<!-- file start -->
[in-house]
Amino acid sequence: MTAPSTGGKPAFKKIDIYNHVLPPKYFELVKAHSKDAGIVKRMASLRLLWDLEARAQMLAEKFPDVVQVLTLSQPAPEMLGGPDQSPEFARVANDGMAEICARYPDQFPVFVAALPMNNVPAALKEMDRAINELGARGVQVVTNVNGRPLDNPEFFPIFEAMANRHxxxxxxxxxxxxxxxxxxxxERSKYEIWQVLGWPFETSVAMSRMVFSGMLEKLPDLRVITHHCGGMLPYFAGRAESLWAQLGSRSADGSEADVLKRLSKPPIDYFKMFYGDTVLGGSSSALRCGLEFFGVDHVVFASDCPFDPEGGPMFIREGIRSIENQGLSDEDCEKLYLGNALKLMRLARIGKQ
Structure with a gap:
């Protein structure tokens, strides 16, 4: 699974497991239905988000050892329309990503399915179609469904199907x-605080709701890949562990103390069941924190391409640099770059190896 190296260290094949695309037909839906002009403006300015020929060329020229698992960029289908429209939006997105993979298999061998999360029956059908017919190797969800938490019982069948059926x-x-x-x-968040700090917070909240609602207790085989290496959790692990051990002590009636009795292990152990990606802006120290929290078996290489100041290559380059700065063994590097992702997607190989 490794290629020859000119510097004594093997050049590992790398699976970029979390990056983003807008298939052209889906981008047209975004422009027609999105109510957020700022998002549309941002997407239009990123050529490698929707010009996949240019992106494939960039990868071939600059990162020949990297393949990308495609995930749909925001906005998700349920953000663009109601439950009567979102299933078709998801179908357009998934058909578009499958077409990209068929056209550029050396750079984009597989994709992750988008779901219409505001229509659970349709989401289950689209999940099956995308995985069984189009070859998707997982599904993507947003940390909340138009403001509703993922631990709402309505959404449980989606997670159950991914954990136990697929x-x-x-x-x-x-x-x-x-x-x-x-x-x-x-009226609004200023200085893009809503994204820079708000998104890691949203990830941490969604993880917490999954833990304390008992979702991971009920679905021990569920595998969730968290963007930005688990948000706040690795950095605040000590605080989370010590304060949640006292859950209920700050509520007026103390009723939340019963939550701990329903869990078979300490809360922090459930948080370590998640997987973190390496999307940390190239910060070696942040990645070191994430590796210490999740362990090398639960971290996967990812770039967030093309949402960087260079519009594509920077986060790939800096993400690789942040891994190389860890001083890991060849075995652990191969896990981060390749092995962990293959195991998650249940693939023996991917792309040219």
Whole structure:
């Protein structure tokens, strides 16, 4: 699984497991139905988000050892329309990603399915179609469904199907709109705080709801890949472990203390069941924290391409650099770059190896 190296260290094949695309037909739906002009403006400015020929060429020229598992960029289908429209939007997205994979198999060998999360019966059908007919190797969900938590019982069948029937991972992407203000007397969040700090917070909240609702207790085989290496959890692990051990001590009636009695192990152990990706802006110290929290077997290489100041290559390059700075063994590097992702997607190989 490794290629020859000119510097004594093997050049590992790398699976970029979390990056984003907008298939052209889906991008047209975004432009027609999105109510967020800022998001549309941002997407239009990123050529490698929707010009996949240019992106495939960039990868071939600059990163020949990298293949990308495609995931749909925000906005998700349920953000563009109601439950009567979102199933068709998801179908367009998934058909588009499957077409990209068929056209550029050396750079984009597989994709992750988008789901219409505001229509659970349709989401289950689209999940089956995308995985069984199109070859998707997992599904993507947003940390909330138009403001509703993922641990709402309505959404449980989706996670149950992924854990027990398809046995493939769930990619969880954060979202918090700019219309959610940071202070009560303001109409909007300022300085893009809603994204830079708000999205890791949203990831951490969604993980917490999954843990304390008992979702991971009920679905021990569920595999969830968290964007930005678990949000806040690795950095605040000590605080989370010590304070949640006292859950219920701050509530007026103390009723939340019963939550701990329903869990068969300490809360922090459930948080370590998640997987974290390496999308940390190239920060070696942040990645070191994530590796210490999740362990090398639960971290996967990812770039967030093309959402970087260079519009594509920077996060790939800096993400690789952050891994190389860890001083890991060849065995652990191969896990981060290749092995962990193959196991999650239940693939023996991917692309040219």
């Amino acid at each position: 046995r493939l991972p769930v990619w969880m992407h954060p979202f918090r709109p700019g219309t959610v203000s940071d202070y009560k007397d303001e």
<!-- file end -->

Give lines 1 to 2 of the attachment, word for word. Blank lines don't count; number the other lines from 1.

[in-house]
Amino acid sequence: MTAPSTGGKPAFKKIDIYNHVLPPKYFELVKAHSKDAGIVKRMASLRLLWDLEARAQMLAEKFPDVVQVLTLSQPAPEMLGGPDQSPEFARVANDGMAEICARYPDQFPVFVAALPMNNVPAALKEMDRAINELGARGVQVVTNVNGRPLDNPEFFPIFEAMANRHxxxxxxxxxxxxxxxxxxxxERSKYEIWQVLGWPFETSVAMSRMVFSGMLEKLPDLRVITHHCGGMLPYFAGRAESLWAQLGSRSADGSEADVLKRLSKPPIDYFKMFYGDTVLGGSSSALRCGLEFFGVDHVVFASDCPFDPEGGPMFIREGIRSIENQGLSDEDCEKLYLGNALKLMRLARIGKQ